For many years, researchers have been aware of the link between obesity and poor sleep or a lack of sleep. It's been thought that poor sleep can lead to weight gain and obesity; sleep restriction has been shown to increase appetite, hunger, and food consumption.
New work reported in PLOS Biology has now suggested the opposite, however. Scientists used a common molecular model, the microscopic worm Caenorhabditis elegans (C. elegans), to show that when sleep is prevented, levels of energy in the form of ATP drop in the worm.
"We think that sleep is a function of the body trying to conserve energy in a setting where energetic levels are going down. Our findings suggest that if you were to fast for a day, we would predict you might get sleepy because your energetic stores would be depleted," said study co-author David Raizen, M.D., Ph.D., an associate professor of Neurology and member of the Chronobiology and Sleep Institute at the University of Pennsylvania's Perelman School of Medicine.
The researchers acknowledged that these findings may not be recapitulated exactly in people, but C. elegans is a good model for investigating human sleep. The tiny worms have a simple nervous system that consists of only 302 neurons, and one is known to help control sleep.
Humans that sleep fewer than six hours a night are more prone to diabetes and obesity. In many animals including humans, worms, and rats, starvation impacts sleep, suggesting that the availability of nutrients influences sleep. But the mechanisms are still unclear.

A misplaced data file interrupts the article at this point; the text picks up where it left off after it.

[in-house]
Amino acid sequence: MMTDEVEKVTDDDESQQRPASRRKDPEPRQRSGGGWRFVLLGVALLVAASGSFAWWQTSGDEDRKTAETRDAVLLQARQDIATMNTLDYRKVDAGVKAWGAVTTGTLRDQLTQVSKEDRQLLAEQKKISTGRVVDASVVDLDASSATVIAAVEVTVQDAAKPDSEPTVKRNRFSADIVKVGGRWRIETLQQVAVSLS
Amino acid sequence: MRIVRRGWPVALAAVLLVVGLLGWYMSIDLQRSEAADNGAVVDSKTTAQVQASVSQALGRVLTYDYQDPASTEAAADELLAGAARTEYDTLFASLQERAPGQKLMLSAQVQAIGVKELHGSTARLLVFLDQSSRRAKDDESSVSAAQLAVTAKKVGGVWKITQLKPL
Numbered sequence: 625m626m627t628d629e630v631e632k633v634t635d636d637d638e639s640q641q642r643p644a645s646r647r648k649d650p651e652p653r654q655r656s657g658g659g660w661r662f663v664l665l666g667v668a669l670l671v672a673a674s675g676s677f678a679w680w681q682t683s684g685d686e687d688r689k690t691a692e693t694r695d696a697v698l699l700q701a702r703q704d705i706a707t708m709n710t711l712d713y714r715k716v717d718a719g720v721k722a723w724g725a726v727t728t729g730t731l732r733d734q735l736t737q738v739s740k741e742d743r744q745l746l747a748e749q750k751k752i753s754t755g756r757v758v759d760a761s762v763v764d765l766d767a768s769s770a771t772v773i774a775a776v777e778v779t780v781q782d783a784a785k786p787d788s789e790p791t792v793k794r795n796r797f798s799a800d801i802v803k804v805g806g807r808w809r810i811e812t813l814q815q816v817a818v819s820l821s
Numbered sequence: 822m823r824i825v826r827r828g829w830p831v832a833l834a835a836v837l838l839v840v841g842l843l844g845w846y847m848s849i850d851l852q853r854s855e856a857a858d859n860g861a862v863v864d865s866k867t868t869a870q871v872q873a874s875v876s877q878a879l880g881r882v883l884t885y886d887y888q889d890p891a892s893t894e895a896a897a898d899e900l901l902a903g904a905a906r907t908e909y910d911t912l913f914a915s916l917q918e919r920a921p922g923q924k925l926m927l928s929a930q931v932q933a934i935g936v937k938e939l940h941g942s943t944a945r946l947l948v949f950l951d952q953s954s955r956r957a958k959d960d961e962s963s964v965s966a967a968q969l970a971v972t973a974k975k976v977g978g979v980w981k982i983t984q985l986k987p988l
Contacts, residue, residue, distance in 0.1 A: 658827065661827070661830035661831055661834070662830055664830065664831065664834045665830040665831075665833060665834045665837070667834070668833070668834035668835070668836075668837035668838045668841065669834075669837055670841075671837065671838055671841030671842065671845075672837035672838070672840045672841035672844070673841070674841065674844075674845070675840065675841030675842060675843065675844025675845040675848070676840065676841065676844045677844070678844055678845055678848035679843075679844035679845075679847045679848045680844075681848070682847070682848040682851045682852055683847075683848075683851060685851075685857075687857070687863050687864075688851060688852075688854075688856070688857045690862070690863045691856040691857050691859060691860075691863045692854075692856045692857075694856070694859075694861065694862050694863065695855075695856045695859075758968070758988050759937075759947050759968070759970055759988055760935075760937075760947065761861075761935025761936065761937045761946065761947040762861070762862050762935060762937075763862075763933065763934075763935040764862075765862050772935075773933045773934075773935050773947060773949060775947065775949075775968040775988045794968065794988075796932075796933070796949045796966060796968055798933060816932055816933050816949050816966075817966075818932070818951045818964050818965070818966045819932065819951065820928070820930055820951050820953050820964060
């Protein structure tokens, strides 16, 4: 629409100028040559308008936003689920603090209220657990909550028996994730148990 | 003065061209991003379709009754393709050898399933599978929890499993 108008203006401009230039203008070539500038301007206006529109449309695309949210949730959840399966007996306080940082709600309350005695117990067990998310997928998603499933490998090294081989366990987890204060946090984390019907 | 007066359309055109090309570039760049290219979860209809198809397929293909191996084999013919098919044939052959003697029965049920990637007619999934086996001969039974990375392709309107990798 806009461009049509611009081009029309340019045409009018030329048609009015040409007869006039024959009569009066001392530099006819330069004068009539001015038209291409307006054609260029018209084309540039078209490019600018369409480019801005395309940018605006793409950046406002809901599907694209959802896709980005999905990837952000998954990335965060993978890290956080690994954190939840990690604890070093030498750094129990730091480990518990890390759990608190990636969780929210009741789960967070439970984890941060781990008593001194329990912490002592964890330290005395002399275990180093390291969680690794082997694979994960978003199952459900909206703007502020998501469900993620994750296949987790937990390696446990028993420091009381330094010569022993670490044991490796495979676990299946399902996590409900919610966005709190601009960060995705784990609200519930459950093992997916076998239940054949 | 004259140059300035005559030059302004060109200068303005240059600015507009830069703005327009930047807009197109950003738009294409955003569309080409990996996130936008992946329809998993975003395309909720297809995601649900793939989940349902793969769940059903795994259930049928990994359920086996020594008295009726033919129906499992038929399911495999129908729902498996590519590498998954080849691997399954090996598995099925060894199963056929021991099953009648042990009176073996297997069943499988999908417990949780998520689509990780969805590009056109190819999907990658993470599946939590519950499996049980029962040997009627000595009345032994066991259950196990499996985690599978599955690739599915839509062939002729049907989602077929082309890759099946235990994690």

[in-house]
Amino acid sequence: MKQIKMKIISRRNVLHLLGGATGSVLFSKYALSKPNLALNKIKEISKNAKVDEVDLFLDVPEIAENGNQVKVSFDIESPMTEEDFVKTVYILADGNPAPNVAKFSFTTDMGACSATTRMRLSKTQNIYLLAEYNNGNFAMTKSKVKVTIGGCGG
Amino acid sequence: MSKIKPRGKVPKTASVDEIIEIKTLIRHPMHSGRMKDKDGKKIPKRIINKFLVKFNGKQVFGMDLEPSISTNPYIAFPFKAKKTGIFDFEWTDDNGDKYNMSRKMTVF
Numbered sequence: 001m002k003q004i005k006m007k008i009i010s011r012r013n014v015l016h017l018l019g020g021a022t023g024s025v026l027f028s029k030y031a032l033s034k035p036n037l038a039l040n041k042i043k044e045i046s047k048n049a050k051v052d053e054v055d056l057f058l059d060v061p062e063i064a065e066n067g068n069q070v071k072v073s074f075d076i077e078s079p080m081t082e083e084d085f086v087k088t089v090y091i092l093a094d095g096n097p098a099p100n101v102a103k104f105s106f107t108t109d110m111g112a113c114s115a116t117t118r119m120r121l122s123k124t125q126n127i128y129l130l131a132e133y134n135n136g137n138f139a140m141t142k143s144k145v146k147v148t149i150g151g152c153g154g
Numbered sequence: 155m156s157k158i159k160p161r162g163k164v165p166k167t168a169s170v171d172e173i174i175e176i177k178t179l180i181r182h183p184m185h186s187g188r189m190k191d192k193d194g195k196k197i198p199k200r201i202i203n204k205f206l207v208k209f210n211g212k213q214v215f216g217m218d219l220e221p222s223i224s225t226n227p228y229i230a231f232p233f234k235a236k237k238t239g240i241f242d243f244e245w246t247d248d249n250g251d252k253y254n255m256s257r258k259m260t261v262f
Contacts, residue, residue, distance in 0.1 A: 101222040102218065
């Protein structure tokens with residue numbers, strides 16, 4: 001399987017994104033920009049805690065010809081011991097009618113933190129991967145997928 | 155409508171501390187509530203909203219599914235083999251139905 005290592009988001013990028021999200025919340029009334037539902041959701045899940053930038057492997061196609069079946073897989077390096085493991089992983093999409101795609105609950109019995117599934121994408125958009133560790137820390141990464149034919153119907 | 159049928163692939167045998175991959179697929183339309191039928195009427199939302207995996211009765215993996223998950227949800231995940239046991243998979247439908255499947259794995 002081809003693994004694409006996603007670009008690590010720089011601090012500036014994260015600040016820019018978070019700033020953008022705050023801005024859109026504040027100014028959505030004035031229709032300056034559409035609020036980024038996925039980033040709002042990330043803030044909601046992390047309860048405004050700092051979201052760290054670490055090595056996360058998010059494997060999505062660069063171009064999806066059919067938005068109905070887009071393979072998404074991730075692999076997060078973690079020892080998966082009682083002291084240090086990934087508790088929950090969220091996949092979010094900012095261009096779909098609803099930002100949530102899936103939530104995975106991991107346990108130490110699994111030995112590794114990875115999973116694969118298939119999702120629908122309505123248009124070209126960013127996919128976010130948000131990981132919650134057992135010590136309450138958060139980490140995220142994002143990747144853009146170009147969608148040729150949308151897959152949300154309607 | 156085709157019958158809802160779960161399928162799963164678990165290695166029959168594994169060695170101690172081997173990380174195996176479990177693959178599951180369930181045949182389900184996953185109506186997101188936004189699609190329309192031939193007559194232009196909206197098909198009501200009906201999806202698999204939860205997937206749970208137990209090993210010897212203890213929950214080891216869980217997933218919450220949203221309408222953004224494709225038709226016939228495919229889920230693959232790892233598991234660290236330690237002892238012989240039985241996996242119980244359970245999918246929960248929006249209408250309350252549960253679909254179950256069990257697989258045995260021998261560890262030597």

"We wanted to know, what is sleep actually doing? Short sleep and other chronic conditions, like diabetes, are linked, but it's just an association. It's not clear if short sleep is causing the propensity for obesity, or that the obesity, perhaps, causes the propensity for short sleep," said study co-author Alexander van der Linden, Ph.D., an associate professor of Biology at the University of Nevada, Reno.
In this work, the scientists modified C. elegans so that the neuron controlling sleep would be deactivated. The worms were still able to breathe, eat, and reproduce, but could no longer sleep. There was also a drop in a molecule the body uses for fuel, called ATP.
"That suggests that sleep is an attempt to conserve energy; it's not actually causing the loss of energy," Raizen explained.
A worm gene called KIN-29 is analogous to a human gene called Salt-Inducible Kinase (SIK-3), which is known to play a role in sleep. In previous work by the van der Linden lab, the KIN-29 gene was deleted, creating sleepless worms. These mutant worms also built up excess fat, even while their ATP levels dropped.
The scientists suggested that the release of fat is promoting sleep, and KIN-29 mutants don't sleep because they cannot release fat. When the researchers exposed their mutant insomniac worms to an enzyme that could free the fat, the worms were then able to sleep.
Raizen suggested that this may be a reason why obese people often have sleep problems. "There could be a signaling problem between the fat stores and the brain cells that control sleep," he said.
"There is a common, over-arching sentiment in the sleep field that sleep is all about the brain, or the nerve cells, and our work suggests that this isn't necessarily true," added Raizen. "There is some complex interaction between the brain and the rest of the body that connects to sleep regulation."